We are always on the lookout for emerging allergy treatments, especially alternative, natural allergy cures. In a past article called BPA, Allergies, and Asthma, we explored the issues of possible contributors to allergic disease. In addition, we have highlighted practices, like supplementing with probiotics, that may help prevent the onset of allergies.
However, once an allergy exists, especially a life-threatening food allergy, a cure is the only way to achieve actual safety and the peace of mind that comes with it. When possibilities of cures come along, such as sublingual immunotherapy (SLIT), this makes us, and allergy sufferers the world over, very hopeful.
One such allergy cure is a Chinese herbal remedy called Food Allergy Herbal Formula-2 (FAHF-2). This herbal drug is currently being studied in human clinical trials. Here is some information about the history of this herbal allergy treatment.
FAFH-2 as a Peanut Allergy Cure
"According to the American Academy of Allergy, Asthma, and Immunology (AAAAI), food allergic reactions are responsible for 30 to 50 percent of anaphylaxis cases in emergency rooms in North America, Europe, Asia, and Australia. Approximately 80 percent of fatal or near-fatal cases are due to peanut allergy. And the rise in cases of peanut allergy is alarming.
In the last few years, herbal formula FAHF-2 has entered the arena as a leading contender for future allergy cures. The formula consists of a combination of nine different herbs that work together to have an overall effect on peanut allergies. A study that tested the herbs that make up FAHF-2 individually showed only partial efficacy of each herb alone.
A February 2009 article in The Journal of Allergy and Clinical Immunology reported that FAHF-2 protects peanut allergic mice against anaphylactic reactions for up to four weeks after treatment. An additional study set out to see if this protection could be prolonged. Results showed that mice who received FAHF-2 daily for seven weeks, and then were tested for 36 weeks for reactions to peanuts, were protected for more than six months.
Though herbal remedies are not known for receiving attention from the Food and Drug Administration (FDA), after these successful trials, FAHF-2 received approval from the FDA for testing on humans.
FAFH-2 Human Clinical Trials and FDA Approval
The Food and Drug Administration (FDA) has given FAHF-2 investigational new drug approval, allowing the drug to be tested on humans. The drug is currently in human clinical trials. See Therapeutic Effect of Chinese Herbal Medicine on Food Allergy (FAHF-2) for more details about the study, which is currently recruiting participants.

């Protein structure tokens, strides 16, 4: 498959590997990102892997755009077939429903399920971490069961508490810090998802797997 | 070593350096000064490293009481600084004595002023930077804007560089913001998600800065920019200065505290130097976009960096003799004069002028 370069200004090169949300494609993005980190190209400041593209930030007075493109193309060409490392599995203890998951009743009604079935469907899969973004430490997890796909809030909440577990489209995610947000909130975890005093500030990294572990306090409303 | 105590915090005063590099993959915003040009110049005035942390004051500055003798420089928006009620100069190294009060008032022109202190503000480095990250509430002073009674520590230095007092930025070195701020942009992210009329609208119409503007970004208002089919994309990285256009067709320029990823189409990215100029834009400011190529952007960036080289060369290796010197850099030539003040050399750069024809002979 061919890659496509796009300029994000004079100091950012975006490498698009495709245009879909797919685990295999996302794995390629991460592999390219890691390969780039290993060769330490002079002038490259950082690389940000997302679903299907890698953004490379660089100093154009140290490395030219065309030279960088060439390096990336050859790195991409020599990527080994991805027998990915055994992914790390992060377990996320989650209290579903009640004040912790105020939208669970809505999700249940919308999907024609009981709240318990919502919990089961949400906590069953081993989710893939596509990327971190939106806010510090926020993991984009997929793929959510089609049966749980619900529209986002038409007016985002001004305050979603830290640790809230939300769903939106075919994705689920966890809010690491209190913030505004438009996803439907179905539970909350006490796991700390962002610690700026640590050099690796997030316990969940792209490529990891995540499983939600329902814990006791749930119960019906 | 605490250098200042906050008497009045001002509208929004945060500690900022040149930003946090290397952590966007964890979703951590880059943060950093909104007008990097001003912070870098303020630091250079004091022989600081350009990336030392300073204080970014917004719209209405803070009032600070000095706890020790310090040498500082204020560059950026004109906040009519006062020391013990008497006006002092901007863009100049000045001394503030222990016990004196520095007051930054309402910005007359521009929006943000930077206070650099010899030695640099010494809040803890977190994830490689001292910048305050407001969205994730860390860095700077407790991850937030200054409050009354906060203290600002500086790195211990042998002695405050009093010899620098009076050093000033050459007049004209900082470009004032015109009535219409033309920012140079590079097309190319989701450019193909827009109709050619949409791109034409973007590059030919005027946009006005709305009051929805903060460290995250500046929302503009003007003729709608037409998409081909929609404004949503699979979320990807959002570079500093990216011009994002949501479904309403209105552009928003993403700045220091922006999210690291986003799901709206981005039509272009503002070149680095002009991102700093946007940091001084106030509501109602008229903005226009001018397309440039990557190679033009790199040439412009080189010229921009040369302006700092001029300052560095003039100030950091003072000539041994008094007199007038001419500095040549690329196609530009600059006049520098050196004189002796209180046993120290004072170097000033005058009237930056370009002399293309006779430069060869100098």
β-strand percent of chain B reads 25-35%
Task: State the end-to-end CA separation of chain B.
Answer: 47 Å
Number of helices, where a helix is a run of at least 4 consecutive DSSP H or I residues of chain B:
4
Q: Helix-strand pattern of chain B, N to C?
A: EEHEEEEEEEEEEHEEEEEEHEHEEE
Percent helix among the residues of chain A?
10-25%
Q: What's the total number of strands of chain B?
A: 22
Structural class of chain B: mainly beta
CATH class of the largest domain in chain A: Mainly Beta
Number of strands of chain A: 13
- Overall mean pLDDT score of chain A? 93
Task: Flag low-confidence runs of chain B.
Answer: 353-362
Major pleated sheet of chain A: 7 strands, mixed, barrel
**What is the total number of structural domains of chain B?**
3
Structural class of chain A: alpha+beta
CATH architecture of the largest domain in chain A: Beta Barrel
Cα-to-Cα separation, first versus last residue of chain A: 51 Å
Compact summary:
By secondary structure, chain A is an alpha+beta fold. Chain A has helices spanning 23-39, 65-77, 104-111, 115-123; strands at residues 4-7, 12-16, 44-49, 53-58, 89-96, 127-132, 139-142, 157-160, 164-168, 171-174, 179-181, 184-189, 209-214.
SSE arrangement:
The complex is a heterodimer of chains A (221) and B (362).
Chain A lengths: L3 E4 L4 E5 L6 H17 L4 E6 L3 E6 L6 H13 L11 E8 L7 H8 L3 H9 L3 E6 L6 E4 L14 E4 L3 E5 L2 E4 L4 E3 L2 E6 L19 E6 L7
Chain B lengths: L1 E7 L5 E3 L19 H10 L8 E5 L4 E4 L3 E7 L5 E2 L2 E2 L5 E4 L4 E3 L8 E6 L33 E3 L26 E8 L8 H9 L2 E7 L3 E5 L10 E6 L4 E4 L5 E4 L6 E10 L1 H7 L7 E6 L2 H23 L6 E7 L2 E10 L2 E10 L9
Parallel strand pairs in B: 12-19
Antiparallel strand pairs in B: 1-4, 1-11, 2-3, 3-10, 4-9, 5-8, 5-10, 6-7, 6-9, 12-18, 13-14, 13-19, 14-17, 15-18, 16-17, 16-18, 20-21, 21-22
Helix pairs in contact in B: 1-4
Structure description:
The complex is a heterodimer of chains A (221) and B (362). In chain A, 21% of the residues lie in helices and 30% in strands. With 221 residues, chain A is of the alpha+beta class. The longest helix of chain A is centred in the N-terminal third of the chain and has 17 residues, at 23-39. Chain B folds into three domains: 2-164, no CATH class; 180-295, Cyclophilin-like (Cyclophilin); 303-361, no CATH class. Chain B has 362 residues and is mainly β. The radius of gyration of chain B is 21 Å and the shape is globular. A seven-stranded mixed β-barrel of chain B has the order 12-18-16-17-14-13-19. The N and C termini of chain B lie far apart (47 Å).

Studies on FAHF-2 have been and continue to be conducted by Xiu-Min Li, MD, director of the Center for Chinese Herbal Therapy for Allergy and Asthma at Mount Sinai School of Medicine in New York City and Dr. Li's team of researchers.
The mouse trials involved testing FAHF-2 on mice who were allergic to peanuts. They were given FAHF-2 every day for seven weeks and then underwent seven oral peanut "challenges" over the subsequent 36 weeks. All of the control group mice developed anaphylaxis, but not a single one of the mice in the treated group did.
The same researchers are now conducting research on humans. Early findings of the human trial show that the herbal remedy is safe and tolerated well. Patients take the remedy in pill form twice a day. Dr. Li says of the human trials, "We're starting to see a good immune response. We will finish the safety trial and begin the efficacy trial soon."
Traditional Chinese Medicine and Asthma
For example, between 2005 and 2007, four trials of traditional Chinese medicine (TCM) published in the February 2009 edition of The Journal of Allergy and Clinical Immunologysuggested that herbal remedies could help treat asthma symptoms. According to an article entitled Chinese Herbal Remedy Can Cure Asthma, in center for natural health Align Life, TCM reduced asthma symptoms by reducing inflammation of the airways, inhibiting smooth airway muscle contraction, and stimulating the body's immune system.
While research in the area of herbal remedies is still ongoing, early trials have shown this new avenue as a good reason for hope among allergy sufferers everywhere.